• Recovery loans will be available to provide businesses with a capital injection. The scheme will offer loans from £25,000 to £10 million until the end of the year, with the government guaranteeing 80% of the loan.
  • The business rate holiday for retail, leisure and hospitality firms has been extended for a further three months until the end of June. There will then be a six-month period where rates will be two-thirds of the normal charge.
  • The reduced VAT rate of 5% for the hospitality industry will remain in place until the end of September. There will then be an interim 12.5% VAT rate until April 2021.

A number of measures had previously been made public so there was little surprise when they were announced.

Personal finance

Income tax rates will stay the same with the basic rate remaining at 20%, the higher rate at 40% and upper rate at 45%.

The Personal Allowance – the threshold before you need to pay Income Tax – will increase from £12,500 to £12,570 as planned in the 2021/22 tax year. The threshold for higher-rate taxpayers will also rise from £50,000 to £50,270 in 2021/22.

However, both these thresholds will then be frozen until 2026. So, while you may not face an immediate tax rise, the freeze will affect income in real terms over the next few years as wages raise in line with inflation more people will find themselves paying tax as income rise above £12,570 and also more taxpayers will become higher rate payers.

The Chancellor also announced that several other allowances will freeze, rather than rising in line with inflation:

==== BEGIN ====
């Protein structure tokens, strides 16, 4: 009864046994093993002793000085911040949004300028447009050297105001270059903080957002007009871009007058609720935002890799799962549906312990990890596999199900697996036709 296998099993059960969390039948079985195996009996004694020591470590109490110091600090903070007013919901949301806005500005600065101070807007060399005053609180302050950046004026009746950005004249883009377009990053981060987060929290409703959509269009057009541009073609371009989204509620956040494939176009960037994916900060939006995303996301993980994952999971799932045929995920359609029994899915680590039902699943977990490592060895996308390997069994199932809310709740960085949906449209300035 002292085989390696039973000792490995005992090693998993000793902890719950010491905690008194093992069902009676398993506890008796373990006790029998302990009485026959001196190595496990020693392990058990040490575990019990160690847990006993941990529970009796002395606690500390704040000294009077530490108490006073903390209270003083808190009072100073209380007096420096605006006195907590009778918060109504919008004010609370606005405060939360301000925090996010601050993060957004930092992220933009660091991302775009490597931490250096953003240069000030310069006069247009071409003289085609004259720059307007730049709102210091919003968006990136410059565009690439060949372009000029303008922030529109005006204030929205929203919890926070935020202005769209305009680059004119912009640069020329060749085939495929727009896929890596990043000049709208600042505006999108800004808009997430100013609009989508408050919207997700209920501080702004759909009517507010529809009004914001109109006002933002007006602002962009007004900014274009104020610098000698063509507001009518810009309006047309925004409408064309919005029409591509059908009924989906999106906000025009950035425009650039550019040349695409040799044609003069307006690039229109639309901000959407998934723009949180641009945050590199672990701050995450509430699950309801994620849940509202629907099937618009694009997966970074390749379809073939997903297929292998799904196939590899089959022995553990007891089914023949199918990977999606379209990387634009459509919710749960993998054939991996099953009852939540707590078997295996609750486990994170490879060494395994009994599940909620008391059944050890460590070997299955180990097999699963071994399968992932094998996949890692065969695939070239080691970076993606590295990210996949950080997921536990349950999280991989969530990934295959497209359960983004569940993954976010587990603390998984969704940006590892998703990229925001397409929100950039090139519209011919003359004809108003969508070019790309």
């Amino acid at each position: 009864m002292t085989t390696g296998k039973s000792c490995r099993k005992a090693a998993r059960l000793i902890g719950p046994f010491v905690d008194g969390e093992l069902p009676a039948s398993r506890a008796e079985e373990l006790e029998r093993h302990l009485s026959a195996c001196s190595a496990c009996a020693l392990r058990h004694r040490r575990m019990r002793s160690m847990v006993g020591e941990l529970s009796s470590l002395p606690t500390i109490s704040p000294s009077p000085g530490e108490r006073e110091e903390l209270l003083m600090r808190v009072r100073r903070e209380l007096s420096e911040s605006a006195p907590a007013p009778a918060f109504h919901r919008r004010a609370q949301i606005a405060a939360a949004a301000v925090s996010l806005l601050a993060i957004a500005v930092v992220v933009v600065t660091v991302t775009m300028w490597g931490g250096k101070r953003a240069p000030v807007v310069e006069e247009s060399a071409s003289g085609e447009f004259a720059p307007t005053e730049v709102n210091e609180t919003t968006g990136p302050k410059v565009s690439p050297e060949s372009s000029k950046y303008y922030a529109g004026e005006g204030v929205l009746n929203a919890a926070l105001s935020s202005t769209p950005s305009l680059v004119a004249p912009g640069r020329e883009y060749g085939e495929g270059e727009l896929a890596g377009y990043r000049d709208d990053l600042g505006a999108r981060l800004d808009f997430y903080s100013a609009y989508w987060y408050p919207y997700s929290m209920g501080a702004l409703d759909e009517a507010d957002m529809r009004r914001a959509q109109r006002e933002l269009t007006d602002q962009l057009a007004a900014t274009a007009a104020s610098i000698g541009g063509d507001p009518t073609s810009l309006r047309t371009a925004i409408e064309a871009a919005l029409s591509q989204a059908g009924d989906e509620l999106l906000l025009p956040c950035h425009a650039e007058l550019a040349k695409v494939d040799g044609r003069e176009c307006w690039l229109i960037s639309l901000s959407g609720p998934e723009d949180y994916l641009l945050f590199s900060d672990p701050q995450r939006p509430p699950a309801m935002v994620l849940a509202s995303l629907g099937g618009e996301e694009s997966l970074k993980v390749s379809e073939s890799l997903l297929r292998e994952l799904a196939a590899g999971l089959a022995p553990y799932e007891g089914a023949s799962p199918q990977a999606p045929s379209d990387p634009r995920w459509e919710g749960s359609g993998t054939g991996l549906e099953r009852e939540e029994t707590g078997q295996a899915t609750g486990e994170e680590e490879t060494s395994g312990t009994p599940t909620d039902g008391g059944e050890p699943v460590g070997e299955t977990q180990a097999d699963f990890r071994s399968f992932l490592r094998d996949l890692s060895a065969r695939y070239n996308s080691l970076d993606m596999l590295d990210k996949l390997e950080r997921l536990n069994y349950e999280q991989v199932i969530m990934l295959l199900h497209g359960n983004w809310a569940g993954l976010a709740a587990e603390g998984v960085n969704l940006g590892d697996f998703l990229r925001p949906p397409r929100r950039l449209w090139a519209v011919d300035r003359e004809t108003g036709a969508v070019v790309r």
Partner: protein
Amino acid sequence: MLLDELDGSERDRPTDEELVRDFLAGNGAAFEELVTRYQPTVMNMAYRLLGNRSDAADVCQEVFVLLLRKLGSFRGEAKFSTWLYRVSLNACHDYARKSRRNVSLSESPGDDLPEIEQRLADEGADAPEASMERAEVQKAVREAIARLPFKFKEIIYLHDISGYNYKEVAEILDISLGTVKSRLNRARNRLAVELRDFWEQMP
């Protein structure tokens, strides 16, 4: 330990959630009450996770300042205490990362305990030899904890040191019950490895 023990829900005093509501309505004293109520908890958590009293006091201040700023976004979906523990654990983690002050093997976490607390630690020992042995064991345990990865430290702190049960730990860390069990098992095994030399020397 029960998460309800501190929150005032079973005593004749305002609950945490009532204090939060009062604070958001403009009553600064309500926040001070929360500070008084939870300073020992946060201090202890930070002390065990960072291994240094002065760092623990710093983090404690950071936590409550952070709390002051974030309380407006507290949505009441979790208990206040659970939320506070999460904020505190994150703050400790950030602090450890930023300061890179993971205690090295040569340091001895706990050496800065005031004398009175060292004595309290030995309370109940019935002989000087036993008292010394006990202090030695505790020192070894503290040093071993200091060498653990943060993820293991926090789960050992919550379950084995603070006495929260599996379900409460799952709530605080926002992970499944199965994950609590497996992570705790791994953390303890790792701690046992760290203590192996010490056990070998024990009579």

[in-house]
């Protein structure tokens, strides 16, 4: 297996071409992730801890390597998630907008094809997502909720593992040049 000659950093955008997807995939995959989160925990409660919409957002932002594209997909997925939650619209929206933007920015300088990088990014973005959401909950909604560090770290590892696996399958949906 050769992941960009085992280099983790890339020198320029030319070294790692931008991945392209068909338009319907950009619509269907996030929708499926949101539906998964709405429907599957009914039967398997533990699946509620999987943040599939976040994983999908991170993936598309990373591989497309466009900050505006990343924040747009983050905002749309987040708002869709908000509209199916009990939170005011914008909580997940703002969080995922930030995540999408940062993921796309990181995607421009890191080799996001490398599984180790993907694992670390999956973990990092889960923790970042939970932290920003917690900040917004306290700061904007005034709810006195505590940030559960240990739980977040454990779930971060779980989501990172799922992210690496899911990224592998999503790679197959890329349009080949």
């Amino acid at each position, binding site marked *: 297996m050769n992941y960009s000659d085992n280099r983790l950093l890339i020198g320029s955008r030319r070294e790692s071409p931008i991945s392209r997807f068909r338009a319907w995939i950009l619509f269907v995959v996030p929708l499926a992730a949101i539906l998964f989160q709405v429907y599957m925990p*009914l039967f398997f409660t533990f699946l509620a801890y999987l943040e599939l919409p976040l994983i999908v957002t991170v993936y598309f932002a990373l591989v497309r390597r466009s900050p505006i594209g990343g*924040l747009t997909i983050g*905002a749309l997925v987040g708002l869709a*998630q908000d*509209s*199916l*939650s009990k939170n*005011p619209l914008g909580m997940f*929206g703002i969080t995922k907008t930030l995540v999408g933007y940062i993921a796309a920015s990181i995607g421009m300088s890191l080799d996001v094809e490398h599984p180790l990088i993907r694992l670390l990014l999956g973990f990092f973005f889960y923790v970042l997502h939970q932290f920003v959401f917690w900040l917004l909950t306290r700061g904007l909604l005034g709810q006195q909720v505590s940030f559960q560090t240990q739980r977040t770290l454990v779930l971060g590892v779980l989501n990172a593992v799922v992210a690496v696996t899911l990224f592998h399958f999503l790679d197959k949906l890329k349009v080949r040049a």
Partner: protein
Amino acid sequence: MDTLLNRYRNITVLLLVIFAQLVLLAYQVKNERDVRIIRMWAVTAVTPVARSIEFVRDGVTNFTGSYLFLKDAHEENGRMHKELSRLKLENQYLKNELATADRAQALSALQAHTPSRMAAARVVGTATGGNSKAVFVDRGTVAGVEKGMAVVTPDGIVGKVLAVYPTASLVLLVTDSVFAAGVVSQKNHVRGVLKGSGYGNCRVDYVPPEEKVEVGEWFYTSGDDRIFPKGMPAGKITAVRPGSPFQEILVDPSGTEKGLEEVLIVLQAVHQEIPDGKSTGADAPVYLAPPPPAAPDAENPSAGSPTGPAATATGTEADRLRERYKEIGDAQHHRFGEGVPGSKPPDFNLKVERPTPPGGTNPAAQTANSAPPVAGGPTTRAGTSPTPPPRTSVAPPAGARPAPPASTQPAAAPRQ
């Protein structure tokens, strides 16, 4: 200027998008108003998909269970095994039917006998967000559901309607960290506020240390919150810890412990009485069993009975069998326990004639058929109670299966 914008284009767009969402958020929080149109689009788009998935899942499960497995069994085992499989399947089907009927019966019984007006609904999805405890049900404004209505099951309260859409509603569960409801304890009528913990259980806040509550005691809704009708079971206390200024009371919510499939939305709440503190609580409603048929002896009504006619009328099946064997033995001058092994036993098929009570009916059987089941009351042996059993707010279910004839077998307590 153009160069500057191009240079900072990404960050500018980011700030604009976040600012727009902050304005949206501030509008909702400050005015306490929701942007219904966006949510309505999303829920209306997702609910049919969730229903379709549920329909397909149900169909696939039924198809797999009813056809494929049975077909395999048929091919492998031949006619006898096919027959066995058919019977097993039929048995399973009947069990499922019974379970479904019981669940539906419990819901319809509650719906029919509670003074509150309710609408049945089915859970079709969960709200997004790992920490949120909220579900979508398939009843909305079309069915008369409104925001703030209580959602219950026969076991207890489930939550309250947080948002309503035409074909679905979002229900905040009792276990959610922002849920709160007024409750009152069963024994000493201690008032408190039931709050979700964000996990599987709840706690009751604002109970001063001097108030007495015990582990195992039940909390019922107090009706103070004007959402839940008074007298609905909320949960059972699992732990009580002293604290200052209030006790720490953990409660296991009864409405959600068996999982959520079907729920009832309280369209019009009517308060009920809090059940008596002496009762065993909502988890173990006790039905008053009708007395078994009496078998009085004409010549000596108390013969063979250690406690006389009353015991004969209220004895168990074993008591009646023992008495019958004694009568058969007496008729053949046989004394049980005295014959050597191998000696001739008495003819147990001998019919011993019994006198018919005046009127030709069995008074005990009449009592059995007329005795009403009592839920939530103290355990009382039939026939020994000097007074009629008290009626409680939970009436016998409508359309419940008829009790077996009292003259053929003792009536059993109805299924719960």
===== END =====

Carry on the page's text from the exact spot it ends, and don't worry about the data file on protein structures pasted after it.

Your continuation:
• The pension Lifetime Allowance will remain at £1,073,100 until at least April 2026
  • The Capital Gains Tax annual exemption will remain at £12,300 until at least April 2026
  • The Inheritance Tax nil-rate band (£325,000) and residence nil-rate band (£175,000) will again remain frozen until at least April 2026.

These freezes could affect personal finances in the long term as the value of assets increase, potentially making more people liable to capital gains tax, and also more estates into the inheritance tax net.

Companies

The headline announcement for companies is the rise in Corporation Tax.

From April 2023, Corporation Tax paid on company profits, will rise from 19% to 25%. However, small businesses with profits of less than £50,000 will continue to pay the current 19% rate and there will be a taper for companies whose profits are between £50,000 and £250,000. The introduction of two rates of Corporation Tax means that the number of associated companies will become relevant when calculating the rate of tax a company pays.